10. Meet your favorite writer

If you are lucky enough to love a writer who is still living, spare nothing to meet him and let him or her know how much their writings mean for you. The same thing is valid for your favorite actor, musician or another person who inspired you.

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11. Do heli-skiing

New, exciting and adventurous. Definitely one of the things to do around the world before you turn 30!

12. Swim with sharks, dolphins and whales

One of the thrilling experiences in life is swimming with a wild animal. Dolphins are great swimming partners; so are whale sharks and sharks. Swimming with a whale shark is a powerful experience and you will acknowledge the smallness of a human being, as well as the gentle soul of a wild animal. When it comes to sharks, they are pure adrenaline! You can feed them and watch them closely during a cage dive in Australia or Africa.

13. Have a book which inspired you to travel the world? Then recreate the path in the book.

14. Visit an active volcano

Active volcanoes are dangerous, but there are couple of them which can be visited. You can climb on top of the volcano and witness the bubbling lava making small explosions and creating hot water geezers at the top of the volcano.

15. Travel with a caravan on the famous Silk Road.

16. Roll a havana in Cuba

Havana cigars can’t be compared with a regular cigar and the experience of smoking one in Cuba, its original land, is memorable. Just like the next entry on the list, there is something about having a traditional delight in the land where it was first made.

17. Drink a Guinness in Dublin

Dublin is where the story of the unique dark beer Guinness began, which makes it the perfect place to have a drink. No other country can provide you with the same taste as drinking a Guinness in Dublin, so this is one of the things to do around the world before you turn 30 or right on that day!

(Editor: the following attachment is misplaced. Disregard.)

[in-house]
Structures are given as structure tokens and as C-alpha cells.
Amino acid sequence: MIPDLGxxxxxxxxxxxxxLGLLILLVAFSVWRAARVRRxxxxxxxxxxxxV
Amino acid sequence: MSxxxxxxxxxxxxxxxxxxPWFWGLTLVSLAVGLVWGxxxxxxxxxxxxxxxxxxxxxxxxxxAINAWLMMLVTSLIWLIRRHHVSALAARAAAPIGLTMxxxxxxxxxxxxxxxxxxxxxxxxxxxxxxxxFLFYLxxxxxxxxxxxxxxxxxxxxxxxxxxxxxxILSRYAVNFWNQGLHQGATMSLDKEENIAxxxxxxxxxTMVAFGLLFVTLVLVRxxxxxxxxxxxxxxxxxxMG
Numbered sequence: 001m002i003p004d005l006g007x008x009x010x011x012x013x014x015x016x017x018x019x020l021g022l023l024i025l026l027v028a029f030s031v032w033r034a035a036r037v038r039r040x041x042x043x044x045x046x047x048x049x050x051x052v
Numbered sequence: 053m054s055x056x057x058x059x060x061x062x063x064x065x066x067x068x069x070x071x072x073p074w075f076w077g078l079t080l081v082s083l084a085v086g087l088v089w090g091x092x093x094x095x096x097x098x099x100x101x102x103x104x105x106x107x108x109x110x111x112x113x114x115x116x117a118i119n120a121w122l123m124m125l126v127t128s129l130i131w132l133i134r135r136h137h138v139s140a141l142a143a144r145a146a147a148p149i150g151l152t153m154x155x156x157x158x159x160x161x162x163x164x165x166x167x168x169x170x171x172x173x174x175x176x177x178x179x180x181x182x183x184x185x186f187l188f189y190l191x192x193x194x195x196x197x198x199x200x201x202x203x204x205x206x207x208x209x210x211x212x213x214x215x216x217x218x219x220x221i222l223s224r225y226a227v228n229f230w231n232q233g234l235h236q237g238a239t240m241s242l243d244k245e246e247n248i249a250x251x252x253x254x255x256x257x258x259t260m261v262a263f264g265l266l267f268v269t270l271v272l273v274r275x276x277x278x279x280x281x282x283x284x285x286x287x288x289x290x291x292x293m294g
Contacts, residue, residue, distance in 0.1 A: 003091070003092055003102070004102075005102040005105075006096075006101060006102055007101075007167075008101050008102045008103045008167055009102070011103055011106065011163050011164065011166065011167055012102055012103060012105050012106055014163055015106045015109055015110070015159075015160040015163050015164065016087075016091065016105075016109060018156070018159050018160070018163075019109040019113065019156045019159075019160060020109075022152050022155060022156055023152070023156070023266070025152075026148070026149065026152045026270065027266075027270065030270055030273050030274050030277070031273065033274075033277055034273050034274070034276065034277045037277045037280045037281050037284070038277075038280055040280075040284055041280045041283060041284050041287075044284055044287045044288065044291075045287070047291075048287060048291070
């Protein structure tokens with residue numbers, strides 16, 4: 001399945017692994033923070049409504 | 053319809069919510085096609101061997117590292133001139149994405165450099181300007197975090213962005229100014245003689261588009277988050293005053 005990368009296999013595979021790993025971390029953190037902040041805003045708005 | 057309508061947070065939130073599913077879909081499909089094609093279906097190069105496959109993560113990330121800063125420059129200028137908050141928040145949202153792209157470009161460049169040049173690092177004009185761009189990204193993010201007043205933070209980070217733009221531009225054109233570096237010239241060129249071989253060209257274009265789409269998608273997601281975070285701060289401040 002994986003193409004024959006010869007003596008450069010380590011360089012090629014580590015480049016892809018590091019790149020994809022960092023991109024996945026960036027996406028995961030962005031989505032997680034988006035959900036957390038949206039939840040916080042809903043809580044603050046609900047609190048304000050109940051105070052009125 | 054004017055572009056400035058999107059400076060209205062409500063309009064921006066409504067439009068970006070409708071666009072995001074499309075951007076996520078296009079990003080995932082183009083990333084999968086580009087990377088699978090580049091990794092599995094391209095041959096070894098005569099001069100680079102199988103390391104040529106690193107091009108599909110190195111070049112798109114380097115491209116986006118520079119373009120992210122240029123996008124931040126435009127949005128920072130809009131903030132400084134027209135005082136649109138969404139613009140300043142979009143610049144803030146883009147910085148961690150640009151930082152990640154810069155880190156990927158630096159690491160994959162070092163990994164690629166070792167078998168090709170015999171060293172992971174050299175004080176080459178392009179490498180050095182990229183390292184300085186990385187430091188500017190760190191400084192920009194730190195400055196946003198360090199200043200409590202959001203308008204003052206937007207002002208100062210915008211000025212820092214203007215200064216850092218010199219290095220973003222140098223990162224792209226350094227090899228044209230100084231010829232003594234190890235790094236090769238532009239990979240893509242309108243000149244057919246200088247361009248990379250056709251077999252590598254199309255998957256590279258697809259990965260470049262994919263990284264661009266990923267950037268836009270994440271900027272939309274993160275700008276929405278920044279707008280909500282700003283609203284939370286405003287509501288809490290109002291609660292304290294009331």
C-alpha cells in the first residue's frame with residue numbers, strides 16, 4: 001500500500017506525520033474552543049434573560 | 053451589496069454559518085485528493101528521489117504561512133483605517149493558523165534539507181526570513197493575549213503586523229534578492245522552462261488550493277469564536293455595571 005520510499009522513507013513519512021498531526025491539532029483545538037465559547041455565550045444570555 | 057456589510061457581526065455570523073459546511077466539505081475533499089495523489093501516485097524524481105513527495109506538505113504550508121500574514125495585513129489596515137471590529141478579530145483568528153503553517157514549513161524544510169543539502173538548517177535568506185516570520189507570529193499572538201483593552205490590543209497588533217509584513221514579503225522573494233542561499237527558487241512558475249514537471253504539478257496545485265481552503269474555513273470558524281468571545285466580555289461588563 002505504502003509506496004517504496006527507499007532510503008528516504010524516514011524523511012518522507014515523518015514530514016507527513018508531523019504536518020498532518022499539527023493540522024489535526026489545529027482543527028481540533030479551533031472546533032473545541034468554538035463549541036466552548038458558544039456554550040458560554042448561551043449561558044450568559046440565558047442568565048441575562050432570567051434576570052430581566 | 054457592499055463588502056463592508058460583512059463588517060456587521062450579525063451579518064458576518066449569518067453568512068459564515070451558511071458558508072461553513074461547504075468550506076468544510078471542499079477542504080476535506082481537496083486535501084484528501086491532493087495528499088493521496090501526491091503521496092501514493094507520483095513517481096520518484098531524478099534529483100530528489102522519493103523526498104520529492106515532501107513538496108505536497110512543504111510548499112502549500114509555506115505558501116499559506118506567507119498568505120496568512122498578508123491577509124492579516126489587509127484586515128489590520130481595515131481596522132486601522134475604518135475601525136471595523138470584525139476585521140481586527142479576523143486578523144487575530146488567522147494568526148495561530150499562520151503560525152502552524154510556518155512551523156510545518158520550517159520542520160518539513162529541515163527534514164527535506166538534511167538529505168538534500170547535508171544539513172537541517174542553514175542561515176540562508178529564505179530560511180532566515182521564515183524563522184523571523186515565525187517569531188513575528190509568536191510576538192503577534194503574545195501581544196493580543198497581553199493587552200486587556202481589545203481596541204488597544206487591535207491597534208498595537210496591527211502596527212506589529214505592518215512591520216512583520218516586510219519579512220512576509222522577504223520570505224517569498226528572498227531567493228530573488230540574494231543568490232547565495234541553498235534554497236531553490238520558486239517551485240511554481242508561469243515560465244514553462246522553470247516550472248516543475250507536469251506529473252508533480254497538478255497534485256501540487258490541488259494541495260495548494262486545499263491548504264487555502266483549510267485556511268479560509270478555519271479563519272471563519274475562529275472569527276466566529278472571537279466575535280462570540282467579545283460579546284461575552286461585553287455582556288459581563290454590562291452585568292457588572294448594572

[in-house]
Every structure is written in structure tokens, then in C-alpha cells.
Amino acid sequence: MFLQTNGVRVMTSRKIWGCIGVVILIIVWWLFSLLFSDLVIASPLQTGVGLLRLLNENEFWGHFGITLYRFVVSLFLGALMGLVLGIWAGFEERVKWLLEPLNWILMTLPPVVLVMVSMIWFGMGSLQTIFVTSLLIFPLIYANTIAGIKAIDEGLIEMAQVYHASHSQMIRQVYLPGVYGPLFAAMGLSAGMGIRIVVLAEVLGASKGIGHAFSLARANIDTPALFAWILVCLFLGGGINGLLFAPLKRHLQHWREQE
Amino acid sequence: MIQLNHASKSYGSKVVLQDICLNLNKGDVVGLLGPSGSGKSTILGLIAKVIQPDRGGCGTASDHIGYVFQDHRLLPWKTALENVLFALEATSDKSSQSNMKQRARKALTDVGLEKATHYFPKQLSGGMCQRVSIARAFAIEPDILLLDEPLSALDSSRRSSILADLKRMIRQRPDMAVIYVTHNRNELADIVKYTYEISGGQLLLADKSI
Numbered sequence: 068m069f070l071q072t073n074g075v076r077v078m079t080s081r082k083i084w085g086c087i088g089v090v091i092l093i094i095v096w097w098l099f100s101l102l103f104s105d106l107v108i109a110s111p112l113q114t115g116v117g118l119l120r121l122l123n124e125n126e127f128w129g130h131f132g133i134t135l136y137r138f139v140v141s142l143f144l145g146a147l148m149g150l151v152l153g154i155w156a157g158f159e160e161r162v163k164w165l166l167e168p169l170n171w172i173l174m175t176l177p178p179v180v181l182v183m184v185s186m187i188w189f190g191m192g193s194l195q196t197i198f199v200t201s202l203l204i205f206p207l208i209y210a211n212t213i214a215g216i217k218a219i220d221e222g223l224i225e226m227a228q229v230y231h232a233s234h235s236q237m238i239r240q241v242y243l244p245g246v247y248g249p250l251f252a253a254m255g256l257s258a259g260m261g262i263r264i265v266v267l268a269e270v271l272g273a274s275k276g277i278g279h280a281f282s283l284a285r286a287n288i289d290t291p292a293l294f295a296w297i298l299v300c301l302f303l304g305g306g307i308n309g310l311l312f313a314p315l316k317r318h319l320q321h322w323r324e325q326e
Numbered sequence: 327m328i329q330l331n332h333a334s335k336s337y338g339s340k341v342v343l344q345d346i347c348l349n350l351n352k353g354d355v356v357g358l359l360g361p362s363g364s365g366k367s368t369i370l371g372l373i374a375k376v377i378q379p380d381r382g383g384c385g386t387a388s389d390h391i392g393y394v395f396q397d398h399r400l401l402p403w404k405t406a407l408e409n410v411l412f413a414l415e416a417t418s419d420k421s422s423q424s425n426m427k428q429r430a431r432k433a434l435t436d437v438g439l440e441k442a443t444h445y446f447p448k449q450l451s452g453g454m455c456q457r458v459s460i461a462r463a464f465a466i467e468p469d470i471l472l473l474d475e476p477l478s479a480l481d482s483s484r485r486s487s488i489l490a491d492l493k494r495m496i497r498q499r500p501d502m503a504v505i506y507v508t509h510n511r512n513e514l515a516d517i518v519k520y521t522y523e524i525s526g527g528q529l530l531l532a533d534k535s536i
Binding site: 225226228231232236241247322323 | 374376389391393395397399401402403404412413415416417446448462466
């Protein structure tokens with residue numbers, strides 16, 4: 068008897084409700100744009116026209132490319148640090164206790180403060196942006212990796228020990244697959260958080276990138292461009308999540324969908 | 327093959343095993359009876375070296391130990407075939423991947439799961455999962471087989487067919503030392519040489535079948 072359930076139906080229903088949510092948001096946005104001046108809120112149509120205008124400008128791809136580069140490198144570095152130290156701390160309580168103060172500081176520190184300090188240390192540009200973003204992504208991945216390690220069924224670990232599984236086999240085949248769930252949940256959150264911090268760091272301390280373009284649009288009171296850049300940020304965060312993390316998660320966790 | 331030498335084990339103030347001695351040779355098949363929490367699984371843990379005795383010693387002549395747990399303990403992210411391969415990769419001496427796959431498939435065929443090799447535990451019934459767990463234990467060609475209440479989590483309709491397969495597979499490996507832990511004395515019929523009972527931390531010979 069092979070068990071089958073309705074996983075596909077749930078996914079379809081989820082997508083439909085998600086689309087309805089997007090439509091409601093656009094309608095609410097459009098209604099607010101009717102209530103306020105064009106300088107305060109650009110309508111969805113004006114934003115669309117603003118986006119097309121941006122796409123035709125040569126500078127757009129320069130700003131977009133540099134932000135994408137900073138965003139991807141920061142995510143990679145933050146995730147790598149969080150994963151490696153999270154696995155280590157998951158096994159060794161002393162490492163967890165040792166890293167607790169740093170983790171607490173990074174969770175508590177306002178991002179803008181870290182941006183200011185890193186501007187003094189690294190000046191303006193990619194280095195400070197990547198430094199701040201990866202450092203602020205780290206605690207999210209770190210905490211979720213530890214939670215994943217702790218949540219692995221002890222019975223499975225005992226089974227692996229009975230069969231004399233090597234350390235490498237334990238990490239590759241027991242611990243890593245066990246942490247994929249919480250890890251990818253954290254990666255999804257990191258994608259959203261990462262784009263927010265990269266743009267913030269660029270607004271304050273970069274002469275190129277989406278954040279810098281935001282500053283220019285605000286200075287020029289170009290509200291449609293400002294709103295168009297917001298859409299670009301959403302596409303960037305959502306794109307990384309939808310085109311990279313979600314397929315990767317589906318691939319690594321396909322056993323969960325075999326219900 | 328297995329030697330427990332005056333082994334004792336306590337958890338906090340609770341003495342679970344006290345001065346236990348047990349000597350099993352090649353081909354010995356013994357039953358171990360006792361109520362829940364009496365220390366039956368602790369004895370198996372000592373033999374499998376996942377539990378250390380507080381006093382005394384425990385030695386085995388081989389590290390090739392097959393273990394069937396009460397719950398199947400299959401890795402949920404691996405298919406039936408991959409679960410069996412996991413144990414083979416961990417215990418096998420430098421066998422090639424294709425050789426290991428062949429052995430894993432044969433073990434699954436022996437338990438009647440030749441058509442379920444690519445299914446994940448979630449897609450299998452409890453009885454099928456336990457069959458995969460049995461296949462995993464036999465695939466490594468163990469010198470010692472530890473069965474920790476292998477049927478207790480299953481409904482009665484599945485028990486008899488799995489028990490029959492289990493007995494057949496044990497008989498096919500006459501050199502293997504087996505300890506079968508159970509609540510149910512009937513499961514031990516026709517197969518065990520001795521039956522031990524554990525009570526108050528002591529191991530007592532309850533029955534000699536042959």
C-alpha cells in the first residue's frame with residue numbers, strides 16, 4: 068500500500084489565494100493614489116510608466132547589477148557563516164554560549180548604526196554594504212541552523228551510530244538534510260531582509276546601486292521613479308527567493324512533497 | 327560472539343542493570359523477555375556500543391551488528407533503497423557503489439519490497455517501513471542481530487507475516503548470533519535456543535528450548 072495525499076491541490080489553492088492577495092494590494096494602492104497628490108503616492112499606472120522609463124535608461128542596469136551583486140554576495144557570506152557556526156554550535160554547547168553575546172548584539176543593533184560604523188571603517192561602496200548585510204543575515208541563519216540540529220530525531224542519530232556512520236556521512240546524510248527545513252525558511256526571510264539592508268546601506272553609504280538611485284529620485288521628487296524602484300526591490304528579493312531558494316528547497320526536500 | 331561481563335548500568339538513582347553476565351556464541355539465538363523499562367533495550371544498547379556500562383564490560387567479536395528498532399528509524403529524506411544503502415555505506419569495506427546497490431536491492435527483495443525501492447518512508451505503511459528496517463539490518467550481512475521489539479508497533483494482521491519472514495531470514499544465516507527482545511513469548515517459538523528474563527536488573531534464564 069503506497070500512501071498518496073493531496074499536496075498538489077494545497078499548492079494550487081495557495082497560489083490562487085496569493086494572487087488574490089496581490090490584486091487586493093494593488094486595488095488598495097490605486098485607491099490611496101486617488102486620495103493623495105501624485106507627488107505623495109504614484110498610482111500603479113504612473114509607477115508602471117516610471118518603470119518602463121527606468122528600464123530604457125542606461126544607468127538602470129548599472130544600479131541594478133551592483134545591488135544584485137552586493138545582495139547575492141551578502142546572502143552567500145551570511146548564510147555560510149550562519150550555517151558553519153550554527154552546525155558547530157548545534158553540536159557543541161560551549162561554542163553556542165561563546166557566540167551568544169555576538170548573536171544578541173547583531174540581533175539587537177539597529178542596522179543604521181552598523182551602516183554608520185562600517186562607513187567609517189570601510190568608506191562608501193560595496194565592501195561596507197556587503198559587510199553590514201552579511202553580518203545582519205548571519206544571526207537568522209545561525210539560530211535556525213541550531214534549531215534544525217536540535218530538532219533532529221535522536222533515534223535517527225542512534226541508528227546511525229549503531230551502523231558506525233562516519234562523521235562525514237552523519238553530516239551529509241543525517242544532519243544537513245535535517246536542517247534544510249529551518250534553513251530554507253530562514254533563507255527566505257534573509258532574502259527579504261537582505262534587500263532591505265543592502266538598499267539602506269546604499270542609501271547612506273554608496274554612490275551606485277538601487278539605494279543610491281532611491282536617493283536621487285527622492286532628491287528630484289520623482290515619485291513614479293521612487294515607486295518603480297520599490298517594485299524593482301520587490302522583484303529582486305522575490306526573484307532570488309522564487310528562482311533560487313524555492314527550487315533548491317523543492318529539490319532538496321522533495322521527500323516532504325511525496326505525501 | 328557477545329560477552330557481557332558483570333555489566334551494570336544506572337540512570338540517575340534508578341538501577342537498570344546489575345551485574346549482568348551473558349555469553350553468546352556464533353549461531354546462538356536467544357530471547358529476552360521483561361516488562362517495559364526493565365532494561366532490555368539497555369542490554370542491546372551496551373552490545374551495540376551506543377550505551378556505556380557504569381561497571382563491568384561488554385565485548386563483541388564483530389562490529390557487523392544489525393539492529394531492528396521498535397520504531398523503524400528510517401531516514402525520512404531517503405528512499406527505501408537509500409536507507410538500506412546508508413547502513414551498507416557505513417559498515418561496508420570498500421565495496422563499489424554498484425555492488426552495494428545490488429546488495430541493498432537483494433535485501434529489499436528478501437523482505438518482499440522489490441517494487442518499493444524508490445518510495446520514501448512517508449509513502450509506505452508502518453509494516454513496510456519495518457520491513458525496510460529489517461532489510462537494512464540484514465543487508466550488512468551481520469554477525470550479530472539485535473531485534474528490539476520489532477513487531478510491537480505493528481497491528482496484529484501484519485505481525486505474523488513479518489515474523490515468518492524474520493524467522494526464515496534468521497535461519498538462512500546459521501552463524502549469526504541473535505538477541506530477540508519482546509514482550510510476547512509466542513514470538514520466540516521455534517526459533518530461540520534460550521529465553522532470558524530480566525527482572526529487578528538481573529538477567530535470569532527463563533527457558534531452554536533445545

18. Spend the night at one of the most haunted places in the world

Depending on where you want to “enjoy” the chills, you can pick the famous Lizzy Borden Bead and Breakfast located in Fall River, Massachusetts, the Myrtles Plantation in St. Francisville, Louisiana or jump on the American Haunting Tour to get more frighting experiences. The rest of the world is also filled with scary places where ghosts are the real owners, so regardless if you believe in their existance or not, spend a night in a haunted building.

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19. Attend the Christmas Concert of the Vienna Philharmonic Orchestra in Vienna.

20. Go Sky Diving in Abel Tasman

Abel Tasman is the capital of adventures, so this is the best place in the world to sky dive. Enjoy the stunning view of the earth from above as you jump off a plane at 1600 feet! To be able to survive the jump you will be equipped with an oxygen container.

21. Fly a stunt plane in New Zealand

Another entry on the list of things to do around the world which is not for the fainthearted ones: fly a plane. Not any plane, a stunt plane, which shows you what it means to do loops in the air. In New Zealand any person can become a stunt pilot for couple of minutes, as you are allowed to control the plane under the watchful eyes of a trained professional pilot who can take control over the plane at any moment.

22. Hug a Koala in Australia. Because they are cute and hugable!

23. Enjoy kayaking… among crocodiles.

This one is a bit stupid – Ok, it’s very stupid!, but it’s also the most adrenaline boosting thing on this list. In South Africa you can take kayaking to another level: you can embark on the kayak and go down the stream in waters filled with crocodiles, hippos and other nasty creatures which could easily snack on you.

24. Drive a Ferrari

You don’t have to be a millionaire or Jeremy Clarkson to drive a Ferrari: you can do this in Italy, at La Modena. Enjoy couple of laps with the red icon and then toast to the Italian engineers.